Science and technology are everywhere in our lives. This podcast takes a look not only at the science itself, but its role in society, how it affects our lives, and how it influences how we define ourselves as humans. Episodes also throw in a mix of culture, history, ethics, philosophy, religion, and the future! Hosted by Elizabeth Fernandez, an astronomer and science communicator. Let’s spark some dialog!  How to subscribe to and rate the podcast.

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The Star of Bethlehem – A Real Event?

Was the Star of Bethlehem a real event? If so, was it a comet, a supernova, an alignment of planets, or something else? In today's podcast, we are joined by Dr. Peter Barthel, a professor in astrophysics and the co-editor of “The Star of Bethlehem and the Magi” for a discussion where we explore some of the latest understanding and analysis surrounding the star of Bethlehem.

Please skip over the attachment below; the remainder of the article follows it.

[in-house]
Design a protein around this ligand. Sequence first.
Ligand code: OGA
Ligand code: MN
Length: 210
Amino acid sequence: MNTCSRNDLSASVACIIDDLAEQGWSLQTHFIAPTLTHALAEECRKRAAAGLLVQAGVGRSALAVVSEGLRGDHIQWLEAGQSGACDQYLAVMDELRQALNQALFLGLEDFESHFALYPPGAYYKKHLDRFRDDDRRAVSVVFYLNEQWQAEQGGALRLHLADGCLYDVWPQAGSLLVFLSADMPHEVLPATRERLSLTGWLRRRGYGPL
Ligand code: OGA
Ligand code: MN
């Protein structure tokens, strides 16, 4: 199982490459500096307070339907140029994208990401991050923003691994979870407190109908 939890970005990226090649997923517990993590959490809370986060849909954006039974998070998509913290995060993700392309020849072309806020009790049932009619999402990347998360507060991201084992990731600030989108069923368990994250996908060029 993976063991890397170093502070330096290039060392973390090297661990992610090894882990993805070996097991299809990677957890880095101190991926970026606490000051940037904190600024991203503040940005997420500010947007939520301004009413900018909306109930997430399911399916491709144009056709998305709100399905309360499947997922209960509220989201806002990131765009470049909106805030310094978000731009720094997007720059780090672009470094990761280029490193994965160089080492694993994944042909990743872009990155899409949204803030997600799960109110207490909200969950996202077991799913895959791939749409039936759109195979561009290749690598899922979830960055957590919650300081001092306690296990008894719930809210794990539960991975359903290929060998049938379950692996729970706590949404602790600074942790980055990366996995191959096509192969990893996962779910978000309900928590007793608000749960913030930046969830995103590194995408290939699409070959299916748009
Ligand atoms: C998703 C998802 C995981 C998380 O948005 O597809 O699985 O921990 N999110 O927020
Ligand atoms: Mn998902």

Space: East and West

From space programs to technology, culture affects many aspects of our lives. Today we talk to Dr. Susmita Mohanty, an entrepreneur who has started businesses on three continents and was voted one of Financial Times 25 Indians to Watch in 2012. Intimately familiar with the space programs in a range of countries, we discuss how cultural underpinnings affect something as large as the space program of an entire country.
India's space program

Dress to OS

You don’t always think of fashion and science together. But why not? Our clothes can get very close and personal to us, more so than most other things in our everyday lives. Adding a flair of technology can allow our clothes to monitor our well being, protect our bodies in new ways, and be quite a fashion statement. Today, our guest is Anouk Wipprecht, a fashion-tech designer who combines robotics, engineering, machine learning, and fashion in her futuristic dresses. After listening to the podcast, check out her designs at her website.

Made In Space